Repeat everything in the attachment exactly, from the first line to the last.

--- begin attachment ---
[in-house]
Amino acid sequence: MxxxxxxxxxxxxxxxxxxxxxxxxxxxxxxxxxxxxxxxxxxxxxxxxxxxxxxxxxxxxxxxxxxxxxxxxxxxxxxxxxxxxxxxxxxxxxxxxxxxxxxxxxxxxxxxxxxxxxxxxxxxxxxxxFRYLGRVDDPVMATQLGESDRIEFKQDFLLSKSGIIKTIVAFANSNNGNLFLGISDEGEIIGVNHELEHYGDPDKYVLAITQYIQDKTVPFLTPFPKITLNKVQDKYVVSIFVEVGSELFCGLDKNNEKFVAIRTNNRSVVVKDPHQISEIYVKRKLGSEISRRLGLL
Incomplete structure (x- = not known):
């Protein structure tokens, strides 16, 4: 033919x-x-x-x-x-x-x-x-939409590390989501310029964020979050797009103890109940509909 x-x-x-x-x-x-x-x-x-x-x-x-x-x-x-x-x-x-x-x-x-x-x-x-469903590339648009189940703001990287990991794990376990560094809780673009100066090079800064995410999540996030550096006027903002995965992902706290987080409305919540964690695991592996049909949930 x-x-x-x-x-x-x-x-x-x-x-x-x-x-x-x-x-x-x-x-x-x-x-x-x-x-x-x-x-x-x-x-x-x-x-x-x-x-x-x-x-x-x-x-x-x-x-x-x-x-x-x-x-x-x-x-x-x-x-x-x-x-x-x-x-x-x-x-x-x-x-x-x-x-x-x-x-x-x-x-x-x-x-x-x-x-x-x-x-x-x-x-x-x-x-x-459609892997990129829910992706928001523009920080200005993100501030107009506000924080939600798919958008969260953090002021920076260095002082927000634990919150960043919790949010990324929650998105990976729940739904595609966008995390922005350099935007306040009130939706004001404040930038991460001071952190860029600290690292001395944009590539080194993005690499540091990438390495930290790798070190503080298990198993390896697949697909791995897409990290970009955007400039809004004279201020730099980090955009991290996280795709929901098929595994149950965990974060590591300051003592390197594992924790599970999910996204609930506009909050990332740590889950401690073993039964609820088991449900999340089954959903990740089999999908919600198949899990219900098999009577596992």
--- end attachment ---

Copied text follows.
[in-house]
Amino acid sequence: MxxxxxxxxxxxxxxxxxxxxxxxxxxxxxxxxxxxxxxxxxxxxxxxxxxxxxxxxxxxxxxxxxxxxxxxxxxxxxxxxxxxxxxxxxxxxxxxxxxxxxxxxxxxxxxxxxxxxxxxxxxxxxxxxFRYLGRVDDPVMATQLGESDRIEFKQDFLLSKSGIIKTIVAFANSNNGNLFLGISDEGEIIGVNHELEHYGDPDKYVLAITQYIQDKTVPFLTPFPKITLNKVQDKYVVSIFVEVGSELFCGLDKNNEKFVAIRTNNRSVVVKDPHQISEIYVKRKLGSEISRRLGLL
Incomplete structure (x- = not known):
């Protein structure tokens, strides 16, 4: 033919x-x-x-x-x-x-x-x-939409590390989501310029964020979050797009103890109940509909 x-x-x-x-x-x-x-x-x-x-x-x-x-x-x-x-x-x-x-x-x-x-x-x-469903590339648009189940703001990287990991794990376990560094809780673009100066090079800064995410999540996030550096006027903002995965992902706290987080409305919540964690695991592996049909949930 x-x-x-x-x-x-x-x-x-x-x-x-x-x-x-x-x-x-x-x-x-x-x-x-x-x-x-x-x-x-x-x-x-x-x-x-x-x-x-x-x-x-x-x-x-x-x-x-x-x-x-x-x-x-x-x-x-x-x-x-x-x-x-x-x-x-x-x-x-x-x-x-x-x-x-x-x-x-x-x-x-x-x-x-x-x-x-x-x-x-x-x-x-x-x-x-459609892997990129829910992706928001523009920080200005993100501030107009506000924080939600798919958008969260953090002021920076260095002082927000634990919150960043919790949010990324929650998105990976729940739904595609966008995390922005350099935007306040009130939706004001404040930038991460001071952190860029600290690292001395944009590539080194993005690499540091990438390495930290790798070190503080298990198993390896697949697909791995897409990290970009955007400039809004004279201020730099980090955009991290996280795709929901098929595994149950965990974060590591300051003592390197594992924790599970999910996204609930506009909050990332740590889950401690073993039964609820088991449900999340089954959903990740089999999908919600198949899990219900098999009577596992």